UPPER DIR: Precious deodar and Kail (blue pine) trees are being felled ruthlessly to be used as firewood in the remote Kohistan valley of Upper Dir district without any check from the provincial government.
The cutting of precious deodar trees in Kumrat, Thal, Kalkot, Barikot and other areas of the Kohistan valley continues unhindered as the locals claim they have no other source of heating and cooking in the harsh winter season.
Qari Mohammad, a resident of Thal, claimed that only the Kumrat and Thal areas’ dwellers cut the precious deodar trees worth Rs1 billion each year. He said the people of Kalkot, Barikot and Byar also used deodar tree for heating and cooking purposes.
It is to mention here that the people of Kohistan valley had offered the government a few years back that they were ready stop cutting deodar trees if they were provided with the natural gas facility. However, the government did not pay any heed to their demand.
The residents worried that if the cutting of precious deodar, Kail, oak, and other trees continued at the existing pace, it would destroy the forest cover within a few years.
They said that temperatures dropped to minus 7 to 10 degrees Celsius in the winter months in Kumrat, Thal, Kakot and other areas of the Kohistan valley due to which they were forced to use huge amounts of firewood to keep them warm.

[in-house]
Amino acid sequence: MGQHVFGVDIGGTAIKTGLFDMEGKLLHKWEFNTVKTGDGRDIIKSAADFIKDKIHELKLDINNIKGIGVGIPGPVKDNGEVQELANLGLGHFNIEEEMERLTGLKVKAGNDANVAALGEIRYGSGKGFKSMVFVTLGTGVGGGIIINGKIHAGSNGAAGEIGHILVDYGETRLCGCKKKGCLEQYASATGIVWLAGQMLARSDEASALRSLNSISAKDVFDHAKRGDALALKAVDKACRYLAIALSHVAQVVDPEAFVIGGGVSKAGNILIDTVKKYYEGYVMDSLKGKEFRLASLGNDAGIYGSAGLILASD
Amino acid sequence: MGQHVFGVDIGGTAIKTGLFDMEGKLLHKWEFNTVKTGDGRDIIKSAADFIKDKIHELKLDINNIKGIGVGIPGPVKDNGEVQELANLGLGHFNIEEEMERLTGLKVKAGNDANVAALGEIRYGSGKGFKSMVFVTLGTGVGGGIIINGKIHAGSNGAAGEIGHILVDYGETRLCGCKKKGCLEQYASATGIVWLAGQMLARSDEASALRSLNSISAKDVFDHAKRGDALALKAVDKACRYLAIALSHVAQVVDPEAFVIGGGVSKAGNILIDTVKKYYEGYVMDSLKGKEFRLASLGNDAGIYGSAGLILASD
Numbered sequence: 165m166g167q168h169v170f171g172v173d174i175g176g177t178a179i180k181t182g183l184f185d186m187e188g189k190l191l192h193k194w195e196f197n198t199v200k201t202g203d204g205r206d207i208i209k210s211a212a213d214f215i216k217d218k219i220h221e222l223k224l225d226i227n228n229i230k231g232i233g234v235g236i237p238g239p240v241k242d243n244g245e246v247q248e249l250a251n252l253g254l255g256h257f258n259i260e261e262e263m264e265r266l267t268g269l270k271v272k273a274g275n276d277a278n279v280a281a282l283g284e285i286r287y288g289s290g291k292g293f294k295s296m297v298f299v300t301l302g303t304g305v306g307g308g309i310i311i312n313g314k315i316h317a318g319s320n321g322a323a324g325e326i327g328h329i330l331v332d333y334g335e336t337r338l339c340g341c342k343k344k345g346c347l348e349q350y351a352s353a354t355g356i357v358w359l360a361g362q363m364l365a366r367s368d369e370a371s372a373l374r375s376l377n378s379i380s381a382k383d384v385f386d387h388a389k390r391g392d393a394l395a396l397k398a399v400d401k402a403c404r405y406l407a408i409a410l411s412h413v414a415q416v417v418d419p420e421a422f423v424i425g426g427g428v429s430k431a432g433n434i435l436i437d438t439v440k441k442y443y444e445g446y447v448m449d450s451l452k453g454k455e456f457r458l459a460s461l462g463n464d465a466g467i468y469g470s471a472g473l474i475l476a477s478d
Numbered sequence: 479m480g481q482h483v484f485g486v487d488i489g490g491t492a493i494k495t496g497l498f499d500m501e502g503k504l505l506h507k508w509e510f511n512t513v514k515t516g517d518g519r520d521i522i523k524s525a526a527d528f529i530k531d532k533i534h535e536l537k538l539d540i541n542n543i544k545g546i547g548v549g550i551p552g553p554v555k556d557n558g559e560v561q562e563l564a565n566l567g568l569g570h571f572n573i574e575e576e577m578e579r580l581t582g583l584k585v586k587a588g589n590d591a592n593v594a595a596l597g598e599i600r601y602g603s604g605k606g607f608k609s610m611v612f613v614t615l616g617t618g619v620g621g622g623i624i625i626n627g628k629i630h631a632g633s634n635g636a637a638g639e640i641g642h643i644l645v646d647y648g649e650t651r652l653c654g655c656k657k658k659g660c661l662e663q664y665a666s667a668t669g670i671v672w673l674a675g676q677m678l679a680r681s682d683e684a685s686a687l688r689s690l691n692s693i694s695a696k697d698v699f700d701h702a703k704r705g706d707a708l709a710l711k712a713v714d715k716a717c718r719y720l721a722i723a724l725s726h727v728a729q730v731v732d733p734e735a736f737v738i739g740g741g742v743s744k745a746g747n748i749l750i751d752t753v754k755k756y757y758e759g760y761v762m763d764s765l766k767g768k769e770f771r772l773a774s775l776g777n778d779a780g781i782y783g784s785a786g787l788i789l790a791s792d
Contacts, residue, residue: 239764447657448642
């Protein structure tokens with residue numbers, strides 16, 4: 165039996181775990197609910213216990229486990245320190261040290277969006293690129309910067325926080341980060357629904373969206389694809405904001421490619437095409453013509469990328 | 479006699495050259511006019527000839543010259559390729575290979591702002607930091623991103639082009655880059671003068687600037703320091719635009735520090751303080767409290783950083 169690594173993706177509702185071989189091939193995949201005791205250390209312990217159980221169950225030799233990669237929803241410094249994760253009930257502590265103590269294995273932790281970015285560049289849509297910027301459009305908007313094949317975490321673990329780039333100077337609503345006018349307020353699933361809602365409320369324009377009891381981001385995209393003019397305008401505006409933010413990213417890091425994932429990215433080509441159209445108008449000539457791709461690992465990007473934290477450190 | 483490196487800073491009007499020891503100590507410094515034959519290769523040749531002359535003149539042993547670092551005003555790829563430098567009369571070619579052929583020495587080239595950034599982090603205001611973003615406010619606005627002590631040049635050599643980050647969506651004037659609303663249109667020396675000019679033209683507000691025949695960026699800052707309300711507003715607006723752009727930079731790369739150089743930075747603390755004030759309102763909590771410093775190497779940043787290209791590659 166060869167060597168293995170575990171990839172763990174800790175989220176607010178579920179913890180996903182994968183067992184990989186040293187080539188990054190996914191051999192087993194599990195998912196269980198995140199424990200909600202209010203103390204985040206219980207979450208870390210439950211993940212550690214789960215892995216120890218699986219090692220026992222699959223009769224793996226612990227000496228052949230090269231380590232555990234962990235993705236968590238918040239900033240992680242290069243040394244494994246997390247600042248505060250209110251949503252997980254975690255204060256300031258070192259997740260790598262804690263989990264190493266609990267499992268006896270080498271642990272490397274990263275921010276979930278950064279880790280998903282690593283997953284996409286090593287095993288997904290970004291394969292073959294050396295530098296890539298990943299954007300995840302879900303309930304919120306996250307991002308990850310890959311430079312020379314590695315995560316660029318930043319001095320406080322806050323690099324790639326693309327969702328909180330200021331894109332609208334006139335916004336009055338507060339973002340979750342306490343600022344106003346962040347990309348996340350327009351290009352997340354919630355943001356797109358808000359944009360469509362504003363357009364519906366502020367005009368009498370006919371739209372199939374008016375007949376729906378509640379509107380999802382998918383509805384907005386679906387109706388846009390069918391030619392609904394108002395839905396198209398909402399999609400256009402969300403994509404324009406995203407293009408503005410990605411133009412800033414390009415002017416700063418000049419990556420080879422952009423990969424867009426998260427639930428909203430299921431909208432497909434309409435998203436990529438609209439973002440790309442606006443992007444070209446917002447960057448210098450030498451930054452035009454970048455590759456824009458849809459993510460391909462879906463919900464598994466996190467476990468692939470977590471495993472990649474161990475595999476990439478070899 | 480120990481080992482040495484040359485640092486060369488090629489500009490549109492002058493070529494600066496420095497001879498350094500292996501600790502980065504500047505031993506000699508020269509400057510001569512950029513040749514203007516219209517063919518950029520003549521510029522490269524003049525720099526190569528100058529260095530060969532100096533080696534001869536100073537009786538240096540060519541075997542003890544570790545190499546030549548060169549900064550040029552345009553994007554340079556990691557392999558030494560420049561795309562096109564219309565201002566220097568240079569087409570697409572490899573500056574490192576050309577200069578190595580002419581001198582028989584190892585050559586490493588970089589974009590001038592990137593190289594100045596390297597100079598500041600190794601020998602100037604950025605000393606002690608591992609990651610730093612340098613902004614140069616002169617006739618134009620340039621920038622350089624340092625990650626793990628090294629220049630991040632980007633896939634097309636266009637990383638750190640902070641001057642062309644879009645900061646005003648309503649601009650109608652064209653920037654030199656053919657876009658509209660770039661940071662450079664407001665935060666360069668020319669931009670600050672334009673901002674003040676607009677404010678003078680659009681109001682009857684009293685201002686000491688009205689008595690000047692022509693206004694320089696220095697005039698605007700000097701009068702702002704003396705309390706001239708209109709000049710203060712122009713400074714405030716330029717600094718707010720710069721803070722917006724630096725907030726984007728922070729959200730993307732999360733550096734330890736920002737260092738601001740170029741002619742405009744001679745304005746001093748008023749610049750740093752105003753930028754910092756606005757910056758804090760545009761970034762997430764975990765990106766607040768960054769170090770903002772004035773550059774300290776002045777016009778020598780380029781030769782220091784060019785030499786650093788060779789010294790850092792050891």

Meanwhile, the residents of the plain areas, including Dir, Chukiyatan, Bibyawar, Darora and Wari, are also facing shortage of firewood due to a ban on movement of oak tree which is the main source of firewood in the area.
They said that the ban had also caused an increase in the price of firewood, adding they had to make advance bookings at the wood sale points due to its shortage.
The sale point owners said they were facing difficulties in bringing firewood from nearby areas. The people of Upper Dir demanded of both the federal and provincial governments to provide gas facility to the district and also find out other alternate sources of fuel in the remote areas like Kohistan valley to help preserve the precious forest cover.
Published in Dawn, December 28th, 2017